Thursday, September 29, 2016

In the Muskegon River Valley, Some People Spend Their Life at the Courthouse. Some People Spend Their Nights at the Frauenthal. It's a Choice.

Sep 20, 2016 6:12 PM

The news has camped out on the corner of Pine and Apple near the Muskegon County Courthouse. I counted several news vans and at least three broadcast antennas. The papers already have announced that Jeffrey Willis has been charged with the murder of Jessica Heeringa. Now if Willis will confess and tell us what exactly transpired outside that lonely gas station on Sternberg Road, south of the bustle of Muskegon and Norton Shores. We have all tried to imagine how a mother and good employee vanished from her post, leaving a single drop of blood that could be traced to her. I saw the prosecutor about to go on camera and he looked fine in his grey worsted wool suit, definitely looking in charge and worthy of being elected to higher office. We have numerous mysteries in Muskegon County and hopefully, the disappearance of Jessica Heeringa is one we can take off the books. Add it to the case studies for detectives learning their craft. 

Over in the heart of town, the community has begun arriving for an open house at the great Frauenthal Theater. The evening promises a concert on the Barton Pipe Organ that once accompanied silent films during the early years of cinema. Inside, at least five chambers cam host performances, the Frauenthal Stage and the Beardsley stages equipped as well as any stage located in New York City or Los Angeles. The open house has placed entertainment at all of these venues, and I am looking forward to another beautiful evening inside this house of song. A friend houses guests for AirB&B, and her guest from Germany was given pause when she saw the name "Frauenthal" in flashing lights of a marquee. The German guest shared, "That means valley of married women in my language". I know the name honors the Frauenthal family, who started a local company by inventing a remarkable new metal grinder. I came to town to work for that company, a stroke of good luck that lasted nine years. Then a company in Sweden bought the Frauenthal's company and globalization happened. At least the town got to keep the theater and the money Mister and Missus Frauenthal donated to the community chest.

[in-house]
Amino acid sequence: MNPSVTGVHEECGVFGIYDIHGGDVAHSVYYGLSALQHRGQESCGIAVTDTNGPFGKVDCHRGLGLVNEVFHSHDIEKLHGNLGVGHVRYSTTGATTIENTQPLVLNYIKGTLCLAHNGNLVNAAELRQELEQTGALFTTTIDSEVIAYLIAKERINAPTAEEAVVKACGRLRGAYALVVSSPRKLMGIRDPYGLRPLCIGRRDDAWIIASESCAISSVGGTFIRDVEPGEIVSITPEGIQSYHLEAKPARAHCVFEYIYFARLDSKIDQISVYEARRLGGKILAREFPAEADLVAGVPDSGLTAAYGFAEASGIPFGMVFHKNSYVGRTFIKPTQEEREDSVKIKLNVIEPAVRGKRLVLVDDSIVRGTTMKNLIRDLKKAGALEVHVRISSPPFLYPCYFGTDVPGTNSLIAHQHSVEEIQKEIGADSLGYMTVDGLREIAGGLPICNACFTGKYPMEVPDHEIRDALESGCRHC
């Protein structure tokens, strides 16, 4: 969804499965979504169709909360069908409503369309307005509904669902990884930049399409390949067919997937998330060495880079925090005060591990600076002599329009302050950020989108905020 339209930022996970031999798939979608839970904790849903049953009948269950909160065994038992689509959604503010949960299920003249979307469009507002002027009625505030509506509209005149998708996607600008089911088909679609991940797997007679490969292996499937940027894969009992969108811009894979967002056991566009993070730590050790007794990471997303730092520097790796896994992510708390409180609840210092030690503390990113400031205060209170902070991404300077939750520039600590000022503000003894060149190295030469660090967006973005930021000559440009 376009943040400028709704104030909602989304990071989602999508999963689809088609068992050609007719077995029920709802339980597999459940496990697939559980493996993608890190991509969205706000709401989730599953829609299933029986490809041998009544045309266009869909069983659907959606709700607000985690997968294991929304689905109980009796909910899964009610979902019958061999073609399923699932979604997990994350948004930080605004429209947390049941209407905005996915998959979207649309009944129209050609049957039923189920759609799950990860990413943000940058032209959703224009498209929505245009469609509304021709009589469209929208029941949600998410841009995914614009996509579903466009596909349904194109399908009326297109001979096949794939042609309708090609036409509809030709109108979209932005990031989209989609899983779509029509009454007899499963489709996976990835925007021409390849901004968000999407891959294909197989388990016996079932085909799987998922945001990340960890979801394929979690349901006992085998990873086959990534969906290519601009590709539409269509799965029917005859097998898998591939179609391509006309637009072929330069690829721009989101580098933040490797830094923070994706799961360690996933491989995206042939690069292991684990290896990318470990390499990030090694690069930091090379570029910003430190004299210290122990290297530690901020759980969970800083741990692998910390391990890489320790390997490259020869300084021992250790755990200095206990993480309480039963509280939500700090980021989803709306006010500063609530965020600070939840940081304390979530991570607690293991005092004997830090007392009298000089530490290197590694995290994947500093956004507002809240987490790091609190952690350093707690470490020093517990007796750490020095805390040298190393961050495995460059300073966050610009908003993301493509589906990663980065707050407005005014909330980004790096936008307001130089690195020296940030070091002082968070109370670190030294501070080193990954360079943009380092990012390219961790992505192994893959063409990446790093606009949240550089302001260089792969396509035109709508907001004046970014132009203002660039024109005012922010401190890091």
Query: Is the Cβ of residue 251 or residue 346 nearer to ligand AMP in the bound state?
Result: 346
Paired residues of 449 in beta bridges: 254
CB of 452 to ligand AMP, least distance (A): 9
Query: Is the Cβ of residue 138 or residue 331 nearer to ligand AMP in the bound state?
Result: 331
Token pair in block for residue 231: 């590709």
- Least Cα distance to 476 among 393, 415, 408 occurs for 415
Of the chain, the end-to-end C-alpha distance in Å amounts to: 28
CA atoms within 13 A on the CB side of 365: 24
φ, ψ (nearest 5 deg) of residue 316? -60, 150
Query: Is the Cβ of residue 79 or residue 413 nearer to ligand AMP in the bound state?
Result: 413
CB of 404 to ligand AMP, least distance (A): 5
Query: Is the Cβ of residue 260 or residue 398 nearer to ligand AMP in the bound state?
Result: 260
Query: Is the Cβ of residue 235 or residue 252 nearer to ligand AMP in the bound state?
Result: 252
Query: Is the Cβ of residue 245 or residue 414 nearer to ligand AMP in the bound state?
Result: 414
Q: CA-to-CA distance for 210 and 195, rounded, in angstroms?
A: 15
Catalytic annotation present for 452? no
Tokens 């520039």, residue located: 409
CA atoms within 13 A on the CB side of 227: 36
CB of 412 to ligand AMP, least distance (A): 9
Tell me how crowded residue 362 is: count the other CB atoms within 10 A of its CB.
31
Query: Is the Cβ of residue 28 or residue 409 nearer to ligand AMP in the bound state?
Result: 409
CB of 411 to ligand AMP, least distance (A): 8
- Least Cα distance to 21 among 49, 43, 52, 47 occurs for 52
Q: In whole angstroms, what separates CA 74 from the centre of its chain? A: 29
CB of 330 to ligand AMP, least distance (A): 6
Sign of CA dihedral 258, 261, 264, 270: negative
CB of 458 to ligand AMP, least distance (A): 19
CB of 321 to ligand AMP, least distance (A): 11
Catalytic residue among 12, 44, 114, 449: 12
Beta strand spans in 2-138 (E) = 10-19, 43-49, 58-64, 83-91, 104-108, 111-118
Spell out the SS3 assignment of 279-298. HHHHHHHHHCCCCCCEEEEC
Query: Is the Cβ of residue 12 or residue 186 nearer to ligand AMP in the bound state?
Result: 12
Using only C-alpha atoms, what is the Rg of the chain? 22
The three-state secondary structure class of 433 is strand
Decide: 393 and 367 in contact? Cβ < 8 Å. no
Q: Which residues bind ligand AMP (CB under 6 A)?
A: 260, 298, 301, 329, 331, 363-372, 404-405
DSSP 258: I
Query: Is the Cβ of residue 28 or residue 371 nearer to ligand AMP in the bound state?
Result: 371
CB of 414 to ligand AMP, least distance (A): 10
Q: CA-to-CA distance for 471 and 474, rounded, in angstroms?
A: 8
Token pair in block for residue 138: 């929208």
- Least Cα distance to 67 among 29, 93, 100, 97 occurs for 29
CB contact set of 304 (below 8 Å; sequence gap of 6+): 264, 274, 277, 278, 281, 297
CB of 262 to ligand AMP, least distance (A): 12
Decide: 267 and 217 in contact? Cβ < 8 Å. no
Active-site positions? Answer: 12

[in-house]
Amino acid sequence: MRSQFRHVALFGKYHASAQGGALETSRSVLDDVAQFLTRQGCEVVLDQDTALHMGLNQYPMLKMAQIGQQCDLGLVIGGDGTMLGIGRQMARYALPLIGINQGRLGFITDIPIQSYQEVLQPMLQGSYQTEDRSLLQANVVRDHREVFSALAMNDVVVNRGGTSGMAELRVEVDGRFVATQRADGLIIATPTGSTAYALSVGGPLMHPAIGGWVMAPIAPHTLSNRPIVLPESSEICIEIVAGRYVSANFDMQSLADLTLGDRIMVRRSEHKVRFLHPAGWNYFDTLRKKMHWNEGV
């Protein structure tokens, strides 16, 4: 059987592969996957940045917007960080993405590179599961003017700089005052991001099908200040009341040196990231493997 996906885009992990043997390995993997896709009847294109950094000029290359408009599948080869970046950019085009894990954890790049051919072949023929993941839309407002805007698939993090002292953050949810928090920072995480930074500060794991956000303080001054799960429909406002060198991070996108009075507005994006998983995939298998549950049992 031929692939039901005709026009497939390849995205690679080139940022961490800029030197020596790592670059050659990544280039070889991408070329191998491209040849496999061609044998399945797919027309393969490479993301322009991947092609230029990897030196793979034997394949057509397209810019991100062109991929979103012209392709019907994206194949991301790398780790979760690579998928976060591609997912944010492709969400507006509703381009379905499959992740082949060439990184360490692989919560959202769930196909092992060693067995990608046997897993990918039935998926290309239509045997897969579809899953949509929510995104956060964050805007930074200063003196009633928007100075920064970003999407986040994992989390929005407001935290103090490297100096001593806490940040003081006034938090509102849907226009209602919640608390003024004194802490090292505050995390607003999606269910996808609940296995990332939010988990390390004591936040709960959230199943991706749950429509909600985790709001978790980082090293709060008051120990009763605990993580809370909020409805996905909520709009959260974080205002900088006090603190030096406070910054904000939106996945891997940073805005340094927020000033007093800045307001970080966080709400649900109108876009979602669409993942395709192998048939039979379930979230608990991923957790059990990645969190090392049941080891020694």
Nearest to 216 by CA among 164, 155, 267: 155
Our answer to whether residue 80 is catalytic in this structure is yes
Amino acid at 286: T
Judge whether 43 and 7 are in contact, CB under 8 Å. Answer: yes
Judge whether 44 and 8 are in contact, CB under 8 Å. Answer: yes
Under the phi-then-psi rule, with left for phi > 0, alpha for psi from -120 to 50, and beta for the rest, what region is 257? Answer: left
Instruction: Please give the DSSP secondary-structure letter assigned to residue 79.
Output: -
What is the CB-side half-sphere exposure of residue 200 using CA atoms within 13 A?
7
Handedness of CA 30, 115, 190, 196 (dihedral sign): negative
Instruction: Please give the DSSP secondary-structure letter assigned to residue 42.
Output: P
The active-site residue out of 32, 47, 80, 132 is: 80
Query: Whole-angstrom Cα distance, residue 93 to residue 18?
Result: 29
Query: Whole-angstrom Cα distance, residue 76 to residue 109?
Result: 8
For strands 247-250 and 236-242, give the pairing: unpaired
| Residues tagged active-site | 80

Got a guy picking through the trash container outside the theater complex, proving that there's something for everybody in downtown Muskegon tonight.

A picture from the Muskegon County Museum showing Muskegon's first court house in 1885. The courthouse burned down in 1891.
Photographer Brandon Bartoszek from Muskegon, MI USA
 — at Muskegon County Michael E Kobza Hall of Justice.

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